As the U.S. music publishing industry grows (in terms of revenue, volume of copyrights, and number of income participants), the rights administration and licensing sector becomes ever-more fragmented; giving way to cracks in its foundation through which royalties fall into the so-called “black box” — the industry name for the unmatched and unpaid royalties earned against unidentified works or unidentified or unreachable income participants that accrue in escrow only to be later forfeited and disbursed to entities to which the funds do not belong; primarily major music conglomerates and those acquiring catalogs of copyrights to expand their market share position.

Black Box Royalties Myths, Common Misconceptions Debunked at Music Biz 2018

united states music publishing market music licensing rights administration royalty ecosystem

A picture of a white board illustrating the growth and fragmentation of the US Music Publishing Market, specifically the music licensing and royalty ecosystem, drawn during Dae Bogan’s lecture in his class, “Music Industry Entrepreneurship and Innovation” at the UCLA Herb Alpert School of Music, Winter Quarter 2019

In 1909, when the first federal copyright law that protected music creators and rights-holders was enacted, there were no massive music rights organizations as we’ve come to know them today. Although unions had existed — the American Federation of Musicians was founded 13 years earlier in 1896, but focused more on work conditions than collective bargaining, as it does today — ASCAP was formed in 1914 to license the performing rights of composers, authors, and publishers.

Fast forward to 2021 when the newly formed Mechanical Licensing Collective will issue its first blanket digital streaming mechanical license to the likes of Spotify, Google, and Apple. There will be over a dozen music rights and royalty collection organizations issuing thousands of licenses, administering millions of pieces of copyrights, and processing billions of micro-penny transactions.

Here Are 10 Ways That The Music Licensing Collective (MLC) Can Set The Bar As A Collective Licensing Organization In The 21st Century

The music licensing and royalty ecosystem in 1909: Individual music composers, aristocrats who financed or commissioned works, and sheet music publishers.

The music licensing and royalty ecosystem in 2021: Traditional non-profit and private music rights organizations (ASCAP, BMI, SESAC, Global Music Rights, PRO Music Rights, SoundExchange, Mechanical Licensing Collective), royalty funds (AFM & SAG-AFTRA Intellectual Property Rights Distribution Fund, Alliance for Artists and Record Labels, Film Musician’s Secondary Market Fund, Sound Recording Special Payments Fund), unions engaged in collective bargaining (SAG-AFTRA, American Federation of Musicians), licensing clearing houses and agents (e.g. Music Reports, Harry Fox Agency).

If I wrote a popular commercial song that is exploited to the fullest extent — released on a commercial recording; performed live in concert; licensed for use in film or television; placed in a commercial; earns viral success on user generated content platforms and social music apps; covered many times; embodied in a music video; lyrics printed and sold on merchandise; used for a live broadcast sporting event; added to Spotify and Apple playlists where it takes off; picked up on terrestrial, Internet, satellite, and cable radio; etc. — I would need to ensure that my work is registered at all of the places where the royalties earned from the uses I’ve described are paid; the music licensing and royalty ecosystem. If I do not, then my royalties will leak into the black box.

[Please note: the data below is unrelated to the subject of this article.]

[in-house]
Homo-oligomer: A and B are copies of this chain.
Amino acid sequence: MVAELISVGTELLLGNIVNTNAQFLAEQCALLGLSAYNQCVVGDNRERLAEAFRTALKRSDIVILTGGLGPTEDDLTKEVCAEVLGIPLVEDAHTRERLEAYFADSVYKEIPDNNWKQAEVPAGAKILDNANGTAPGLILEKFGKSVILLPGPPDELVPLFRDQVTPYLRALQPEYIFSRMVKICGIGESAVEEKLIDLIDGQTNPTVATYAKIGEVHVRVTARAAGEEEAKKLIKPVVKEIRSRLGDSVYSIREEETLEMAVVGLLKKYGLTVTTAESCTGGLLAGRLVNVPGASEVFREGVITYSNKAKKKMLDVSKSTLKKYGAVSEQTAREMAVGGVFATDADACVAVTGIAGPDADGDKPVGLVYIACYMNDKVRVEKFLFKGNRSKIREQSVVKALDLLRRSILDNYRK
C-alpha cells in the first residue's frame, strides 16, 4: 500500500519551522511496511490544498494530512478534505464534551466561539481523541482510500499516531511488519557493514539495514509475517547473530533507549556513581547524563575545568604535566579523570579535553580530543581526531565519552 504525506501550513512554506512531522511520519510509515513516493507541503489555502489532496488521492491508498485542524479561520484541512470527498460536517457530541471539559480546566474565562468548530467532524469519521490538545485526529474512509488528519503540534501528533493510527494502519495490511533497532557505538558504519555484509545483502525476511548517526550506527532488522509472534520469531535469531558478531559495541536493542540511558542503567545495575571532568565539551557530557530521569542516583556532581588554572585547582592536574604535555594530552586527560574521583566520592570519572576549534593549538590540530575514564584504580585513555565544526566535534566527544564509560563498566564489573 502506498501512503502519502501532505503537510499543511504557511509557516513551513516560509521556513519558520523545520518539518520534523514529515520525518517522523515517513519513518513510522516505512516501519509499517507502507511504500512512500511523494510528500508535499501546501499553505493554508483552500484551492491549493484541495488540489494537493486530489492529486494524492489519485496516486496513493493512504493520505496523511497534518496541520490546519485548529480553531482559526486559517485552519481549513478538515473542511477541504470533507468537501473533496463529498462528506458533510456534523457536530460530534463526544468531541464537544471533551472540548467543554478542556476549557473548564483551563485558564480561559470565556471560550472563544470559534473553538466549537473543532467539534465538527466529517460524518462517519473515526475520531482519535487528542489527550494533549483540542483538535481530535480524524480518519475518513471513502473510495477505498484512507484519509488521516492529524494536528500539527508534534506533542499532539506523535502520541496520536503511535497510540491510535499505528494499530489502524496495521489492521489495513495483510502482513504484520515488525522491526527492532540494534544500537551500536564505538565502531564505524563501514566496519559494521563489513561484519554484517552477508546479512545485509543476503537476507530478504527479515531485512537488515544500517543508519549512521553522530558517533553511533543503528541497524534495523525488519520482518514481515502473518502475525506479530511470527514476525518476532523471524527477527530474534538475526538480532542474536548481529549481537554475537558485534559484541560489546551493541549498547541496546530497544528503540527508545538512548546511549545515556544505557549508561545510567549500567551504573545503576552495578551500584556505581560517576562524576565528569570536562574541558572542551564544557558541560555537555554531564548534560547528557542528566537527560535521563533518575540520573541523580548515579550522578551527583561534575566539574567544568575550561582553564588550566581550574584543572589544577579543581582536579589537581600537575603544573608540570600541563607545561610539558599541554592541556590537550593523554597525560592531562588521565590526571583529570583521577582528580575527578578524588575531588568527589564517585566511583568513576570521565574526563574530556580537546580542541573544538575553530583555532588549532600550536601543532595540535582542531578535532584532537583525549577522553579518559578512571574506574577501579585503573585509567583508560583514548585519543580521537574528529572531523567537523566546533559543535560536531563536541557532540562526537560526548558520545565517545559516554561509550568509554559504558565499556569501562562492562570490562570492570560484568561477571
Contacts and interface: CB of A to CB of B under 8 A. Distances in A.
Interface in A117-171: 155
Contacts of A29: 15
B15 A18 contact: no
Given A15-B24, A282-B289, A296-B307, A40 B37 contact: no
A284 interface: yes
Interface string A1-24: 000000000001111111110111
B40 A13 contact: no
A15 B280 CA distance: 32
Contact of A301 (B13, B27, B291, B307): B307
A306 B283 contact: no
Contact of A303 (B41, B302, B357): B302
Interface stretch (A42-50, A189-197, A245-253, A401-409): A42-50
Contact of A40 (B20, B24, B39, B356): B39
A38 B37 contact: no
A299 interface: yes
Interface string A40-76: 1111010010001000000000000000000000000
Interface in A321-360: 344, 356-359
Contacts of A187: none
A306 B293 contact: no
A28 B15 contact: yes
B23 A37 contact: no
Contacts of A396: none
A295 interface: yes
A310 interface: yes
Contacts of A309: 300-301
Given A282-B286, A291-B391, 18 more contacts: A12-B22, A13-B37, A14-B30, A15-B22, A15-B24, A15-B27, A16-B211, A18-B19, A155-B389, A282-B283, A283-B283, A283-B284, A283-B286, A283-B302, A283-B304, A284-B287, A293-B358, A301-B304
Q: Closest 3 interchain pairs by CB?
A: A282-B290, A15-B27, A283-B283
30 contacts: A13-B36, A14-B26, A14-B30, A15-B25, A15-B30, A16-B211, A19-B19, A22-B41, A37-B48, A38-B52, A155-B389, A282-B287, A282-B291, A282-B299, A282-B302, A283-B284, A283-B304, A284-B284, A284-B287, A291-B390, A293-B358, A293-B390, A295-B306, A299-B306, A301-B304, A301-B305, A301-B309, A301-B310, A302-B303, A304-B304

The black box is estimated at over $2 billion — and growing — of which much of it is due to independent music creators, small music rights-holders, and the estates of deceased authors and performers who do not have the access, power, know-how or market share to navigate the web of black boxes; for which there are many.

Songwriters Are Owed Nearly $2B In Unclaimed Royalties!!! — Maybe More — I’ve Been Saying This For Some Time Now (Against Pushback), But Finally The Press Has Confirmed It

When entities charged with maintaining these black boxes distribute the funds in market share distributions, the major labels and publishers win and the independent and DIY creators lose. It is unfair and unethical. But what are we going to do about it?

Some artists, knowing that they do not know exactly how this all works, have found creative business ways to “make up” for potential lost royalties. But for the rest — the majority — of DIY musicians, they’re generally left out of the discussion and left to fend for themselves, even when they think they’re doing everything right.

What Can The Socioeconomic Context Of The Culture From Which Hip-Hop Is Derived Tell Us About How The Biggest Genre In The World Gets The Shitty End Of The Royalty Stick?

As the industry charges forward with new energy fueled by the growth of music streaming, we have to consider how the continued fragmentation of the music licensing ecosystem affects the most vulnerable — DIY musicians. Major labels have direct deals with DSPs and digital services that pay them advances and account to and pay them royalties. DIY musicians rely on music rights organizations, who are often disproportionately influenced by the majors, to handle these things for them.

Do So-called Music Advocacy Groups Avoid Deeper Discussions On Black Box Royalties To Appease Their Major Members?

I founded TuneRegistry to help DIY musicians be their own advocate, to demystify the music licensing and royalty ecosystem by aggregating the fragmented world of rights administration into one economical platform. To this end, our team has helped hundreds of small to medium-sized music rights-holders and DIY musicians unlock thousands of dollars in new found royalties and to register their works to ensure that they are identified and accounted to in the future. Not all music rights organization have joined our network, but we will continue to advocate and fight for the rights and entitlements of DIY music creators as long as we can.

WHY FAKE BEYONCÉ MUSIC ON SPOTIFY AND APPLE MUSIC HIGHLIGHTS STREAMING’S WIDER LICENSING TROUBLES